Students Partake In Debate Viewing
More than 700 Harvard students crammed into bleachers and stairwells at the Institute of Politics to watch Wednesday’s presidential debate between President Barack Obama and Republican Nominee Mitt Romney, the first of a series of opportunities for the two candidates to defend their platform positions.
The watch party, hosted by the IOP in the JFK Forum and preceded by a panel discussion, was intended to raise awareness within the University community about the events preceding the upcoming November election, IOP Director C. M. “Trey” Grayson ’94 said.
“People might be more likely to watch the debate if they can go with their friends,” he added.
Students agreed that the opportunity to attend a public viewing provided an additional incentive to attend.
“The spirit is unbelievable,” Aleeza H. Hashmi ’15 said.
Wednesday’s debate, moderated by NewsHour Executive Editor Jim Lehrer, was punctuated by a series of zingers from both candidates during the hour-and-a-half prime-time television event. Students reacted boisterously between exchanges, disagreeing with controversial claims made by either candidate or cheering after their preferred candidate’s retorts.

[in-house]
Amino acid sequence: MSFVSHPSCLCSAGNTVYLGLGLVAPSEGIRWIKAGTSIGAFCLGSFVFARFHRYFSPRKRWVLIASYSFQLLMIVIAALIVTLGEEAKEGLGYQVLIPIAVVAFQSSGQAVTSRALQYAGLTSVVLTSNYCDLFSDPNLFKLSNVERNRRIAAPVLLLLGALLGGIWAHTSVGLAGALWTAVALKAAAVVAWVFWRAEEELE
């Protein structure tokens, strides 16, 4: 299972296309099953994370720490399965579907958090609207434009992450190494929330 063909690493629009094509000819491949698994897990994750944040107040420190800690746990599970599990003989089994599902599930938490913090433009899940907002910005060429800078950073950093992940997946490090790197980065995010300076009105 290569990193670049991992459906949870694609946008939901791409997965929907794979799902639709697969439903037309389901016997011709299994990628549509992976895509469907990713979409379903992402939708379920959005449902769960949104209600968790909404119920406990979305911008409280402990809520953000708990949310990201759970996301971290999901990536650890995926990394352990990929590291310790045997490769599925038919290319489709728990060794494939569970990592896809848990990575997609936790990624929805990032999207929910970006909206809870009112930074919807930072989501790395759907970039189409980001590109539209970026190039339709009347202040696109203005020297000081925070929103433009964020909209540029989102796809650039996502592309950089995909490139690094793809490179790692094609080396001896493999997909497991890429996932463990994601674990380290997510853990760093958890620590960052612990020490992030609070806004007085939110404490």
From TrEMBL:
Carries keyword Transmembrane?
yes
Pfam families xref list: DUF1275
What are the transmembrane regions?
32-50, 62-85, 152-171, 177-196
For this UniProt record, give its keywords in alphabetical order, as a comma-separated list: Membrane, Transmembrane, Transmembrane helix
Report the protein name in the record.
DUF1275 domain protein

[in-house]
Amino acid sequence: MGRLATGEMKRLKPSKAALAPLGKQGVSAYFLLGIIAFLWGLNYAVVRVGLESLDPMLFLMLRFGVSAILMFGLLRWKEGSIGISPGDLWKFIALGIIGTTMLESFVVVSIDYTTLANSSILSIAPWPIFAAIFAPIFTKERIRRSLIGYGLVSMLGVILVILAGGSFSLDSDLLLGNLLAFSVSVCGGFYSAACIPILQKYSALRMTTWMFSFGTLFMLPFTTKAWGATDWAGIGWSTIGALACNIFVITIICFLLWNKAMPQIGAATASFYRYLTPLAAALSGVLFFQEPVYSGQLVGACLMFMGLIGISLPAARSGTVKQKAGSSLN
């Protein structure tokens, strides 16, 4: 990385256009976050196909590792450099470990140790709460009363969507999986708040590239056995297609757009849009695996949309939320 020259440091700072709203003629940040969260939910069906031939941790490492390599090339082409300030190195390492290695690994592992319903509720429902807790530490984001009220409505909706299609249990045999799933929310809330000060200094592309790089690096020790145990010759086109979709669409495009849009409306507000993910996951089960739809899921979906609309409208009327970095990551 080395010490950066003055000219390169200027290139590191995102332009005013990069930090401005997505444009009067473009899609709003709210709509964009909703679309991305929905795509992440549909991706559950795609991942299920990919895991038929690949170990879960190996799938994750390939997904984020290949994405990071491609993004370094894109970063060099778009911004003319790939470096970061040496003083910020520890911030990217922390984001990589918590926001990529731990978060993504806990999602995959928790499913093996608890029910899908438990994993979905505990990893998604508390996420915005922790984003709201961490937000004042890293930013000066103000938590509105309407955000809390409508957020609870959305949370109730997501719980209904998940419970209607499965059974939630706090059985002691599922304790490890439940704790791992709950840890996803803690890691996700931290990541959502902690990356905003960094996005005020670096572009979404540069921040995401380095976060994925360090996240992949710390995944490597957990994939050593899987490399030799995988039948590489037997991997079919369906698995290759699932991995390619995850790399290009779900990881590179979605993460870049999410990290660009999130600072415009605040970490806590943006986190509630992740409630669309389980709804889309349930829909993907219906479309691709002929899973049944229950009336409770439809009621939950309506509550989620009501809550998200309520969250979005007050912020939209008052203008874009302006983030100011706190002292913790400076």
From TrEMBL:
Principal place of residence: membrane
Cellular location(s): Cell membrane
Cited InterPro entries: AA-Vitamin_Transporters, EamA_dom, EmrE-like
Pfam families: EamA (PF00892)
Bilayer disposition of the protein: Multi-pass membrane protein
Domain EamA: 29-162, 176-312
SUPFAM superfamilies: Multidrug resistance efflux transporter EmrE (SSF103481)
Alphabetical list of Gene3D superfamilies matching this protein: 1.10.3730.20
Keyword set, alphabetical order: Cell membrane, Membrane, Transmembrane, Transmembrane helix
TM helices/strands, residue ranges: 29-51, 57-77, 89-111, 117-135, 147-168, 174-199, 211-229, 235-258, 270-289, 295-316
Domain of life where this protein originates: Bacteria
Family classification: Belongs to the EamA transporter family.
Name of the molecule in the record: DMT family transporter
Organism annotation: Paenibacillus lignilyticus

“It’s fun to watch it with a bunch of IOP people so that when you shout, ‘That’s not true,’ everyone else nods and agrees,” Jake W. Silberg ’15 said.
Many, however, disagreed on whom they thought performed better during the debate. Some, like Spencer L. Todd ’13, said that they thought that Romney outperformed the president.
“I think that because the main topic is the economy, it’s Mitt Romney’s strong suit, and he’s done surprisingly well,” he said.
But Jasmine S. Burnett ’16 disagreed, commending the president on his delivery.
“Mitt Romney appeared to be more snappy, but Obama came across as more well thought-out,” she said. “I think that Obama did a really good job—he stuck to the policies he’s supported all along while Romney came up with all these new things without explaining them with facts.”
Before the watch party, Grayson hosted a panel discussion at the IOP. The panelists included Carole Simpson, the first woman and first person of color to moderate a U.S. presidential debate, and Mark McKinnon, the former chief media advisor to President George W. Bush.
“I’ve come to the conclusion that debates are about style, not substance,” Simpson said during the panel. “It’s a performance art.”
In an interview with The Crimson, Simpson added that campaign viewing events, such as the one hosted by the IOP, are essential for youth engagement in politics.